An investigation of a railroad safety training program on the relationship between self-efficacy and safety climate attitudes

by Campbell, S. Mark, Ph.D., CAPELLA UNIVERSITY, 2013, 116 pages; 3601952


This study investigated the relationships and differences between safety climate attitudes and self-efficacy among a cohort of union railroad employees that have completed a safety training program. The participants of this study were limited to transportation employees who operate and control the trains. These employees are the locomotive engineers and the conductors. The study was intended to provide information that will assist railroads in reducing or even eliminating human factor train accidents and injuries through the understanding of the relationship and differences in safety climate attitudes and self-efficacy. The knowledge gained through this study may also be utilized in other high risk or high-consequence industries such as the airline industry. The study utilized the Hall Safety Climate Instrument (HSCI) (Hall, 2006) and the Generalized Self-Efficacy (GSE) (Schwarzer & Jerusalem, 1993) as the survey instruments. The data was gathered for this study utilizing an online survey host. Although there was a positive relationship between safety climate attitudes and self-efficacy, this relationship was weak. This study not only cast new light upon the relationship of safety climate attitudes and self-efficacy, the study also cast light upon subject matters that were not necessarily the goal of the study. The study also indicated that there may be some serious problems in the railroad industry between management and these employees. Based upon the data that was gathered and analyzed in this study, the study contains recommendations for the major operating railroads in the United States as well as the United Transportation Union.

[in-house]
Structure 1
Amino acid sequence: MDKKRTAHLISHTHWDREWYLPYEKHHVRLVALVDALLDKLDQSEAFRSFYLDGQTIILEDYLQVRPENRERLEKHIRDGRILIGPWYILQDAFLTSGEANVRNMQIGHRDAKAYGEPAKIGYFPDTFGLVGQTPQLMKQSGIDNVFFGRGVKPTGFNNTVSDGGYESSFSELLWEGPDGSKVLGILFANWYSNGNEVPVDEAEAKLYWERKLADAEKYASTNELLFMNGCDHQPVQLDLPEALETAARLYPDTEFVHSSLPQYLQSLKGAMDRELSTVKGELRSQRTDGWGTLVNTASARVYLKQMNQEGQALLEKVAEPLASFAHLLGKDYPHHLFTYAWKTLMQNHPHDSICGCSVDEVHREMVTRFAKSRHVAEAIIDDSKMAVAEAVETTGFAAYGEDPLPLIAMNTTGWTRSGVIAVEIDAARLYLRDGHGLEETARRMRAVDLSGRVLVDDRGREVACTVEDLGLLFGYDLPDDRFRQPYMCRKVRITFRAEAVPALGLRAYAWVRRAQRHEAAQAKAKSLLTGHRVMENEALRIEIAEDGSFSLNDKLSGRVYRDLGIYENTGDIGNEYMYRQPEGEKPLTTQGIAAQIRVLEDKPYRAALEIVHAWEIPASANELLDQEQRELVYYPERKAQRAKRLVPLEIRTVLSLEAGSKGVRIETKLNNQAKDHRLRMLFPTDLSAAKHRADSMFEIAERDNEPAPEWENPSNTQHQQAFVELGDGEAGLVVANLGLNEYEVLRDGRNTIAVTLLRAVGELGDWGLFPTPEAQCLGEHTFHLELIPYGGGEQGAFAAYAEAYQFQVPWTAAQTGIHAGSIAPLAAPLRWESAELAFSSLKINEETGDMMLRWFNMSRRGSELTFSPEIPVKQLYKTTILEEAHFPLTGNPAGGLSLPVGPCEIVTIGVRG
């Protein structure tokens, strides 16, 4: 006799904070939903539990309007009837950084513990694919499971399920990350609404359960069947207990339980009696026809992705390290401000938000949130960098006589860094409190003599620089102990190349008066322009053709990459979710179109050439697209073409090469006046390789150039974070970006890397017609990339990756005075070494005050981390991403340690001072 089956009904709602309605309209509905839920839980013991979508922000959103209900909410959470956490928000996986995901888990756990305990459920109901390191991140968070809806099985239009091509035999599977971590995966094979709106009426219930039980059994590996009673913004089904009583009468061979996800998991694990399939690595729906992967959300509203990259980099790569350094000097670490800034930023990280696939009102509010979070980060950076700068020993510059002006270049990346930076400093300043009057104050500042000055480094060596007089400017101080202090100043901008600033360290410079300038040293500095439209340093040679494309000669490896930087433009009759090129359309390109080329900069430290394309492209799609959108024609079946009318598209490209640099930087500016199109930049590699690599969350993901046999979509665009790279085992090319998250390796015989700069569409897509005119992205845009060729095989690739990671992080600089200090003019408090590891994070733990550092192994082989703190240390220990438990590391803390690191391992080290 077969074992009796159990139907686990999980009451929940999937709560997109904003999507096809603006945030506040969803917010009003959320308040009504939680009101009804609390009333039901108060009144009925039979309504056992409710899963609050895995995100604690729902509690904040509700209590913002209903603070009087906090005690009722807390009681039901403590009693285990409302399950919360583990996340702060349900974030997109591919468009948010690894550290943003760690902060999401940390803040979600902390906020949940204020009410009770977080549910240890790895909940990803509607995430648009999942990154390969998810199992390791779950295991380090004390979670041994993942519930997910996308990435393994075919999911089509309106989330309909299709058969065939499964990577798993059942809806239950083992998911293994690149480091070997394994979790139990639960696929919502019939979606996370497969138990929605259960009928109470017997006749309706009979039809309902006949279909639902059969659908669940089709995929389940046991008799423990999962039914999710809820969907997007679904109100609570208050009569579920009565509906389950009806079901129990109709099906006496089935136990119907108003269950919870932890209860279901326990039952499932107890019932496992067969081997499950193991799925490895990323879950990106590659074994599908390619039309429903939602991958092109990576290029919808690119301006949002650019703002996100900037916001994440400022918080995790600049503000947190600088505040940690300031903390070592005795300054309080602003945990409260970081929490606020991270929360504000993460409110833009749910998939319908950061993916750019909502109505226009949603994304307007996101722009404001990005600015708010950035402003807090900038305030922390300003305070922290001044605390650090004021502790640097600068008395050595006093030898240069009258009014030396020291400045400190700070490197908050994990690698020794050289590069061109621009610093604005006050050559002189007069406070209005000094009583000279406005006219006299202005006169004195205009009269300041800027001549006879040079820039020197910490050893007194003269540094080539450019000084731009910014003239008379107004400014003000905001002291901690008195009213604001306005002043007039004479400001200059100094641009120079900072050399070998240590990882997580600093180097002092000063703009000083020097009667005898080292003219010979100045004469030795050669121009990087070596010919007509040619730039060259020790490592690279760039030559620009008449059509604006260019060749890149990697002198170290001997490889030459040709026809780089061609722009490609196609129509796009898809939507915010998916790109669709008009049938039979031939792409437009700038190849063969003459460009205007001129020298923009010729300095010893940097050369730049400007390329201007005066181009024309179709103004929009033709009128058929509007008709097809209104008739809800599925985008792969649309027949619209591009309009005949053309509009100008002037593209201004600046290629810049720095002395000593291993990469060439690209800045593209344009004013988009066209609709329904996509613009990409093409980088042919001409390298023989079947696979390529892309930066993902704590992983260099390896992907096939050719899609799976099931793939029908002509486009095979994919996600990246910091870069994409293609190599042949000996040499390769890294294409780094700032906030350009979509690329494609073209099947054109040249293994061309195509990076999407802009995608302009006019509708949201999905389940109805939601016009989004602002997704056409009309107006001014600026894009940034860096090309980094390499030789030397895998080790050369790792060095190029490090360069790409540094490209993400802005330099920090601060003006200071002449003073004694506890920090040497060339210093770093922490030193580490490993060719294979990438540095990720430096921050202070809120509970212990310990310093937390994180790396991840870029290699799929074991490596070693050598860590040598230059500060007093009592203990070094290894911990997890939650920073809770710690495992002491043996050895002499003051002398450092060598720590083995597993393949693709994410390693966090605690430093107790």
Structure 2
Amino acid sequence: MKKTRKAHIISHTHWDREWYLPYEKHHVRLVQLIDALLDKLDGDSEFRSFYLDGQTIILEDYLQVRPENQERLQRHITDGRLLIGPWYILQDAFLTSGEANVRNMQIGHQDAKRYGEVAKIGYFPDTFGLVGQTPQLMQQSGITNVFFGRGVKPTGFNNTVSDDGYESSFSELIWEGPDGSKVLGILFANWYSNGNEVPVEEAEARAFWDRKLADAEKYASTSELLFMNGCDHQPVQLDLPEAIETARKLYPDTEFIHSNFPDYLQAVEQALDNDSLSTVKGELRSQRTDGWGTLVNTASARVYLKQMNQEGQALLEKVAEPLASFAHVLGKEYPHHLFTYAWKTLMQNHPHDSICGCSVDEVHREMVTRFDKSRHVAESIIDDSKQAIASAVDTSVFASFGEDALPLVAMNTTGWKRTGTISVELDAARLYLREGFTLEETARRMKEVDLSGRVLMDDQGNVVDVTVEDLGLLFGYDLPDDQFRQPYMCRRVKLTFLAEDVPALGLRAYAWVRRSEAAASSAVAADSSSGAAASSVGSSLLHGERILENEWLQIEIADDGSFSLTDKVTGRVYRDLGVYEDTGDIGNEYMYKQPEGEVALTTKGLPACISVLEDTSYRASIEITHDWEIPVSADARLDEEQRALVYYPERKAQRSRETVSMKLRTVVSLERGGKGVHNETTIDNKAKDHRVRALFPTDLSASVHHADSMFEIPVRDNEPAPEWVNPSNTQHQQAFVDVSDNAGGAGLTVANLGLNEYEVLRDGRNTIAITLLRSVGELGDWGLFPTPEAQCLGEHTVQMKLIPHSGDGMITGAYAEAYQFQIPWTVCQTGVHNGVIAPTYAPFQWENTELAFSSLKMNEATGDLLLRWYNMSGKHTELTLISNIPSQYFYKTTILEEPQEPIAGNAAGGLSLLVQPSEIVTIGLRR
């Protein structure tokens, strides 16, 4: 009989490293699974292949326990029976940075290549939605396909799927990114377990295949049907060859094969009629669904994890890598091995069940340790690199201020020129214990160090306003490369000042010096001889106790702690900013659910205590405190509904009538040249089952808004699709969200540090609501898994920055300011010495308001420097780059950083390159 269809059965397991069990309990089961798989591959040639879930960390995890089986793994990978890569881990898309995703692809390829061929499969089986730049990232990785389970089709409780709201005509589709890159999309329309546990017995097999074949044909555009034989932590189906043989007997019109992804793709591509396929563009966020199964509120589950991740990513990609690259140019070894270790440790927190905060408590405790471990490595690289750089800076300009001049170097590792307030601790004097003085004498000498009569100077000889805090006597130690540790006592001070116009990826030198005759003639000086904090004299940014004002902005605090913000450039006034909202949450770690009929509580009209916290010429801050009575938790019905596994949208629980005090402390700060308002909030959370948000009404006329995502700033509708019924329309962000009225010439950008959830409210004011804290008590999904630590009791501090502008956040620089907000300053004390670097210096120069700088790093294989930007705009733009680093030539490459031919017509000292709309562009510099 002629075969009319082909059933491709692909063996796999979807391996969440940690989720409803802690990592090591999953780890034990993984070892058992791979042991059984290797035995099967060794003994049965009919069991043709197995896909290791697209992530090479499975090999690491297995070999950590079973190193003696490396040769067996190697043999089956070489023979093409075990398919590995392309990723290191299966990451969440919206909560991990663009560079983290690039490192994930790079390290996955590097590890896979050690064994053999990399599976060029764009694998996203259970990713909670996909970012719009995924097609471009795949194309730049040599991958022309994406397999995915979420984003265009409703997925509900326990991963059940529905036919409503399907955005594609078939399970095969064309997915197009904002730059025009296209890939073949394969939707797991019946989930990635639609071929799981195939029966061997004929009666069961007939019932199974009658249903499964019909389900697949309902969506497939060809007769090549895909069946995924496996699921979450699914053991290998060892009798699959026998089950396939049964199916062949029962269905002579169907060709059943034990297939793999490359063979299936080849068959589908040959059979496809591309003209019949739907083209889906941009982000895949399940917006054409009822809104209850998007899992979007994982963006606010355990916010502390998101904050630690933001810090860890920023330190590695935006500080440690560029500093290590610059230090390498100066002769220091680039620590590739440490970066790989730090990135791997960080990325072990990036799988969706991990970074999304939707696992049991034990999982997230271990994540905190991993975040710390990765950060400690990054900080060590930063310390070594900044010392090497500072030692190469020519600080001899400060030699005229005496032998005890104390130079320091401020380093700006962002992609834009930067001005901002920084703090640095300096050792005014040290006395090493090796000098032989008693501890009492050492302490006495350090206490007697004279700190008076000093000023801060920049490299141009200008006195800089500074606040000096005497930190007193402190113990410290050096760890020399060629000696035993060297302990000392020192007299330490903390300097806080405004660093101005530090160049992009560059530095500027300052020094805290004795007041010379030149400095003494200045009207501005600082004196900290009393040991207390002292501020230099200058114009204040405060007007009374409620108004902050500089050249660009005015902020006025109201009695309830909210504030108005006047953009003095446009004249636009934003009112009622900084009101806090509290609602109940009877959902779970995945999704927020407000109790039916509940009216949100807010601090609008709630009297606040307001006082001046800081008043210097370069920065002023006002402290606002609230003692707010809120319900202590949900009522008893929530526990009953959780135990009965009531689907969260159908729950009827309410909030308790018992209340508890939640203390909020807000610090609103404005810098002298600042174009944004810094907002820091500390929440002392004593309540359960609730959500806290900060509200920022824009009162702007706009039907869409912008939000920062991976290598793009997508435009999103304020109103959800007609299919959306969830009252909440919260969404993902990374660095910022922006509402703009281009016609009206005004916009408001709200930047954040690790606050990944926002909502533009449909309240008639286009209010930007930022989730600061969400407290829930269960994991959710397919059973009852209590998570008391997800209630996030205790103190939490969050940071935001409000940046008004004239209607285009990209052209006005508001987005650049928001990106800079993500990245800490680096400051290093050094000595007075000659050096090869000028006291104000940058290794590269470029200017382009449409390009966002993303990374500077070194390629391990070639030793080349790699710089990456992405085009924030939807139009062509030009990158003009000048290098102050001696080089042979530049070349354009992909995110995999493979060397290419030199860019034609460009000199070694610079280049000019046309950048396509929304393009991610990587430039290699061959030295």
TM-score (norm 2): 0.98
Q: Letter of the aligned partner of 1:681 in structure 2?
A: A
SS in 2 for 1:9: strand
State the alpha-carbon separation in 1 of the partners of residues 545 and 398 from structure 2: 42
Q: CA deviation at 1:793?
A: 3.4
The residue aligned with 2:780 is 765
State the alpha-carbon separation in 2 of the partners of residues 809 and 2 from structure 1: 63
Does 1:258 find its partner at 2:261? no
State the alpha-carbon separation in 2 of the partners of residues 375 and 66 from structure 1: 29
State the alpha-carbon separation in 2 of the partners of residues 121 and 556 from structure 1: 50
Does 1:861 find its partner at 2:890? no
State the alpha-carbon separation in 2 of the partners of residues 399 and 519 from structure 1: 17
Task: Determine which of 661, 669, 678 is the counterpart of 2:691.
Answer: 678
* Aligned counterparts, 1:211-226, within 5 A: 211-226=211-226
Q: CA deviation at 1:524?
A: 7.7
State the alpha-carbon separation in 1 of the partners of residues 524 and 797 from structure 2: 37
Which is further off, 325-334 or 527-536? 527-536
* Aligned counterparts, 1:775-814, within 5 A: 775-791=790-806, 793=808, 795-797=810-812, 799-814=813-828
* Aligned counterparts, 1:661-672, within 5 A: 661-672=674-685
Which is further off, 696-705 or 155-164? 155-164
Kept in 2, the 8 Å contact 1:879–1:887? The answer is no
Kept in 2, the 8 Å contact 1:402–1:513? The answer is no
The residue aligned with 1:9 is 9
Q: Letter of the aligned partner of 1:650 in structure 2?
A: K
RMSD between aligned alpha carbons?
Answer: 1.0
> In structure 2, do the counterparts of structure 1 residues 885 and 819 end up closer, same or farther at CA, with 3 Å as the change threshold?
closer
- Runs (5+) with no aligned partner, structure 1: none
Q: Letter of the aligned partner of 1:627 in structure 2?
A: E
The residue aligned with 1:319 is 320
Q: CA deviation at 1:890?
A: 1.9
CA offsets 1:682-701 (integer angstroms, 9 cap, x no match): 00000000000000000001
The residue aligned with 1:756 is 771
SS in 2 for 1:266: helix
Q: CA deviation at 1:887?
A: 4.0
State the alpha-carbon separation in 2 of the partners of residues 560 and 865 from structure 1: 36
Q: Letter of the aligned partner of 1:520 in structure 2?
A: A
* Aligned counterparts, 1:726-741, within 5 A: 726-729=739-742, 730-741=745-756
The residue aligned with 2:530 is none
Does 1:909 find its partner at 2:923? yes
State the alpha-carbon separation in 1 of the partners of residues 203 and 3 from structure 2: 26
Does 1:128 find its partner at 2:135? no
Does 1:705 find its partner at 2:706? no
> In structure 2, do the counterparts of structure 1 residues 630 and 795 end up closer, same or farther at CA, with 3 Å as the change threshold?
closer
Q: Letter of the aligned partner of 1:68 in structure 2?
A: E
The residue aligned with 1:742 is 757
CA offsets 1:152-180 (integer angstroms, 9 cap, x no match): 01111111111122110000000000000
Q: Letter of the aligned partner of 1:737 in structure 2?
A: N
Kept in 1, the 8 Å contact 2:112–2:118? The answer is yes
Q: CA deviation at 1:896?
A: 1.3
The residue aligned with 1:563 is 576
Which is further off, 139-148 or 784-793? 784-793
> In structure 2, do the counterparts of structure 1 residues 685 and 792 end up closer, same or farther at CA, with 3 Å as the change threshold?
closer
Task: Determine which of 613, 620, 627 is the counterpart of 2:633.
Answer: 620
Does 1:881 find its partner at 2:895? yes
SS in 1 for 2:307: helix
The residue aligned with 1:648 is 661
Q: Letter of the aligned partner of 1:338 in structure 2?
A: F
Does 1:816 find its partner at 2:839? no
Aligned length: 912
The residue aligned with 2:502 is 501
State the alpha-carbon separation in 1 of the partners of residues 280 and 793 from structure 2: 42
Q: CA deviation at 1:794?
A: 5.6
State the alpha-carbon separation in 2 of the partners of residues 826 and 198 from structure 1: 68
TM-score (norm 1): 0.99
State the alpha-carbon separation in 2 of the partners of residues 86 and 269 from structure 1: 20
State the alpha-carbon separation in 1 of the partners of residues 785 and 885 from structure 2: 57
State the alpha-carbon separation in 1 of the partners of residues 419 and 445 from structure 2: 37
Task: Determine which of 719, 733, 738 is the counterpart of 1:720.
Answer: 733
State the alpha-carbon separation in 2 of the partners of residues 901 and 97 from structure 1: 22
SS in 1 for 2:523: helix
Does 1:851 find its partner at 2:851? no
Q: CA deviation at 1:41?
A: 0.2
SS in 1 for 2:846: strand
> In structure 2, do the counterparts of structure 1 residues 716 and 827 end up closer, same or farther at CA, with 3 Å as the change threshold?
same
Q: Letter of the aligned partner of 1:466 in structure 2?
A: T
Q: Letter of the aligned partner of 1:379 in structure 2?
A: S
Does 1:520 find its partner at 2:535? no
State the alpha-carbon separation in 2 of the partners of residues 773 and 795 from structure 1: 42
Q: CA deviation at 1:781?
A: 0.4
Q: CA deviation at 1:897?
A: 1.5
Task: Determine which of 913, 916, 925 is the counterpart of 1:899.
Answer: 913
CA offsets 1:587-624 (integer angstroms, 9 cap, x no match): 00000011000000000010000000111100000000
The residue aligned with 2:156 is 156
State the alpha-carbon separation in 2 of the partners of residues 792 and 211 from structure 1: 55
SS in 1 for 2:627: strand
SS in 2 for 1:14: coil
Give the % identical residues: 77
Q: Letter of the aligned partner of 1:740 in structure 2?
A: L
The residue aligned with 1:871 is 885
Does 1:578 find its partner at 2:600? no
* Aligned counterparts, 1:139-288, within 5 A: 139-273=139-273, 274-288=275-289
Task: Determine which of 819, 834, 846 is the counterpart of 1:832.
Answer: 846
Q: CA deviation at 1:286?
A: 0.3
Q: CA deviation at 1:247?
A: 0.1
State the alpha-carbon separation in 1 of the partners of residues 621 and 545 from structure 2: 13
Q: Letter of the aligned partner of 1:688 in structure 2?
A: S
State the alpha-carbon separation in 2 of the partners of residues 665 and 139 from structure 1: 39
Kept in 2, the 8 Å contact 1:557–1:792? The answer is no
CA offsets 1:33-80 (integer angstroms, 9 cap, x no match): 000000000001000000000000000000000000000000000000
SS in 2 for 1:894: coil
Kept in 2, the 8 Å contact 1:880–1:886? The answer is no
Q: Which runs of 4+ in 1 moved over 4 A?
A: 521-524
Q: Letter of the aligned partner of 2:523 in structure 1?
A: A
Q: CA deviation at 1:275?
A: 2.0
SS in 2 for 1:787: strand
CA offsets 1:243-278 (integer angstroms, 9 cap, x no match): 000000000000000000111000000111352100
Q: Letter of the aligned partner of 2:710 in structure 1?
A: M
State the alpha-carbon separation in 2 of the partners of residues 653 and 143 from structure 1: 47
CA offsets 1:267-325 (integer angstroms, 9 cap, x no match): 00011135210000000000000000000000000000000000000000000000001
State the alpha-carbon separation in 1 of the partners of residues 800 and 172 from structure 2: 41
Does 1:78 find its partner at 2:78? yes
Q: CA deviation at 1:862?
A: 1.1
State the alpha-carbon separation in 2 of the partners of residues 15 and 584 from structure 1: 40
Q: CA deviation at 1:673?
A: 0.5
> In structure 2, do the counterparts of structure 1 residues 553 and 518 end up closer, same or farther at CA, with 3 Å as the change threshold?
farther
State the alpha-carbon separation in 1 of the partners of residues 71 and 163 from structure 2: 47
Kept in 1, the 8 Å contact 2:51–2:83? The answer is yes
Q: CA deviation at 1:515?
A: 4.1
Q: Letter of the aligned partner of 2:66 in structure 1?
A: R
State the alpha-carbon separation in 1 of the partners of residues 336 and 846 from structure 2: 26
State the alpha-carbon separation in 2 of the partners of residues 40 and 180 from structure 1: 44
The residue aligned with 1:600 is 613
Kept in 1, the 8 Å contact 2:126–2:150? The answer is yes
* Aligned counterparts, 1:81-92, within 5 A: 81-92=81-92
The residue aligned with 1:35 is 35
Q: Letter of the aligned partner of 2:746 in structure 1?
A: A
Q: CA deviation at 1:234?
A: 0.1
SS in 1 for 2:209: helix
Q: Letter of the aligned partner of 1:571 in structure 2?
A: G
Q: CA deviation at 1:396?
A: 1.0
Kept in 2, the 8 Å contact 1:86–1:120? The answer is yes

AdviserJohn Klocinski
Source TypeDissertation
SubjectsManagement; Public policy; Business education
Publication Number3601952

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